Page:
About three years ago fledgling San Diego-based startup PvP Biologics announced a $35 million deal with Takeda Pharmaceutical that gave the Japan pharma giant rights to acquire the company down the line.
That day is here. Takeda (NYSE: TAK) acquired the company for an undisclosed amount up front, plus up to $330 million in payments based on development and regulatory milestones for PvP’s experimental celiac disease drug KUMA062 (now TAK-062). The deal follows completion of a Phase 1 study evaluating the PvP drug.
Data from the trial weren’t made public, but they were compelling enough to get Takeda to follow through on its plan to snap up the company once it demonstrated the investigational therapy’s mechanism of action. (Takeda plans to submit data from the study for presentation at a future medical meeting.)
“Everything worked exactly as it was supposed to,” PvP Bio CEO Adam Simpson told Xconomy on Wednesday. “The idea was that Takeda could do a ‘build to buy’ deal where a little company could run fast and Takeda would feel comfortable with the quality of the work product and what they would be inheriting if they chose to move forward.”
Takeda inherits an experimental drug intended to treat uncontrolled celiac disease, an autoimmune disease in which ingestion of gluten—a group of proteins found in three omnipresent grains, wheat, barley, and rye—causes inflammation and damage in the small intestine.
Takeda’s Asit Parikh, who heads its gastroenterology therapeutics unit, said some people with celiac who strictly avoid gluten—the current standard of care—still experience severe symptoms. (In addition to bread and pasta, gluten is also present in less obvious foods, such as soy sauce, salad dressings that contain malt vinegar, and creamy soups thickened with flour.)
The PvP drug is a form of what the company calls “super glutenase,” a protein that breaks down gluten that has been ingested. Simpson said PvP engineered the enzyme to avoid issues encountered by other developmental glutenase treatments, which, among other challenges, struggled to have the intended impact in the acidic stomach environment.
The idea behind TAK-062 is to degrade the parts of gluten that prompt an immune reaction in people with celiac disease before they leave the stomach and cause symptoms, such as stomach pain, diarrhea, nausea, and vomiting, and intestinal damage. Long-term, the harm caused by celiac disease can lead to malnutrition, accelerated osteoporosis, nervous system issues, and reproductive problems. Takeda plans to evaluate the drug in a Phase 2b trial in patients on a gluten-free diet whose disease remains uncontrolled.
PvP spun out from the University of Washington’s Institute for Protein Design in late 2016 with plans to advance an engineered enzyme that showed promise as an oral celiac disease treatment. At its peak, PvP, had the equivalent of about 15 full-time employees, Simpson said. That included a team that formerly worked together at Meritage Pharma, which Shire (now part of Takeda) acquired in 2015. Tadataka “Tachi” Yamada, a former Takeda executive and venture partner at Frazier Healthcare Partners, served as chairman.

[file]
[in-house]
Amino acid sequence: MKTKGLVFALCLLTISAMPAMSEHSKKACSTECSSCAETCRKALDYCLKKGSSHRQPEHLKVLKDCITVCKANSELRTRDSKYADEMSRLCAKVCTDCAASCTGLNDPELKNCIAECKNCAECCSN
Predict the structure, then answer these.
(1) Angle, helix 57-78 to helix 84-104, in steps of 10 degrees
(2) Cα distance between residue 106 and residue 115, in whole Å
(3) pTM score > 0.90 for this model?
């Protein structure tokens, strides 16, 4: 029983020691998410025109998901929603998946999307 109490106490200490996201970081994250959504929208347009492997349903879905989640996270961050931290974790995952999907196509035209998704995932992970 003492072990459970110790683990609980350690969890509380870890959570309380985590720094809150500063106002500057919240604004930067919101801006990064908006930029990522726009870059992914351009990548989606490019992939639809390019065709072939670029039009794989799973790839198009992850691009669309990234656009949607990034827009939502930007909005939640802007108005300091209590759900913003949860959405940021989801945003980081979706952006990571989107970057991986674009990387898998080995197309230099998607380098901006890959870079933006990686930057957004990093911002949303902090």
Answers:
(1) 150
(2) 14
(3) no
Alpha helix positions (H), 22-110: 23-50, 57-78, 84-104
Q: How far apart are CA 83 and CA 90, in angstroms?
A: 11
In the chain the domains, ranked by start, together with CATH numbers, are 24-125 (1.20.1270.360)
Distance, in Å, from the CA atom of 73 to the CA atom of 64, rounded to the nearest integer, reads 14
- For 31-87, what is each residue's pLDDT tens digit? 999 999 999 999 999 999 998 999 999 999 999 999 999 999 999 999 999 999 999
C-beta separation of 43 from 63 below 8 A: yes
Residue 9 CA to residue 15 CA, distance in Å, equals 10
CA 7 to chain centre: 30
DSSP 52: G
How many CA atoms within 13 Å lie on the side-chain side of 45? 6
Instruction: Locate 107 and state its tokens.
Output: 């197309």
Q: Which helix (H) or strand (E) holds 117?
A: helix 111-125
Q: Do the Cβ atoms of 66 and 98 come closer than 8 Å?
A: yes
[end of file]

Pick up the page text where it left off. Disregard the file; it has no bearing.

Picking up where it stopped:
Takeda isn’t betting it all on the PvP drug when it comes to celiac, however. The pharma company has another potential celiac disease treatment in its pipeline: TAK-101, which the company acquired from Cour Pharmaceuticals in October. That investigational medicine works in a different way. TAK-101, which is in mid-stage testing, deploys a nanoparticle loaded with a component of gluten called gliadins to modify the immune system of patients with celiac disease by inducing tolerance to gluten.
Other companies are also working on treatments for celiac disease, which affects about 3 million people in the US and for which no FDA-approved treatments exist. GlaxoSmithKline (NYSE: GSK) in September agreed to buy Sitari Pharmaceuticals, a startup it helped launch as part of an alliance with San Diego life sciences venture capital firm Avalon Ventures, for its preclinical celiac drug.
Provention Bio (NASDAQ: PRVB) is advancing a potential treatment it licensed from Amgen (NASDAQ: AMGN) in late 2018. That drug, a monoclonal antibody, is designed to bind to an immune system protein; Provention plans to test it in a Phase 2b trial in patients who have what’s known as non-responsive celiac disease, characterized by continuing symptoms after months of gluten-free eating.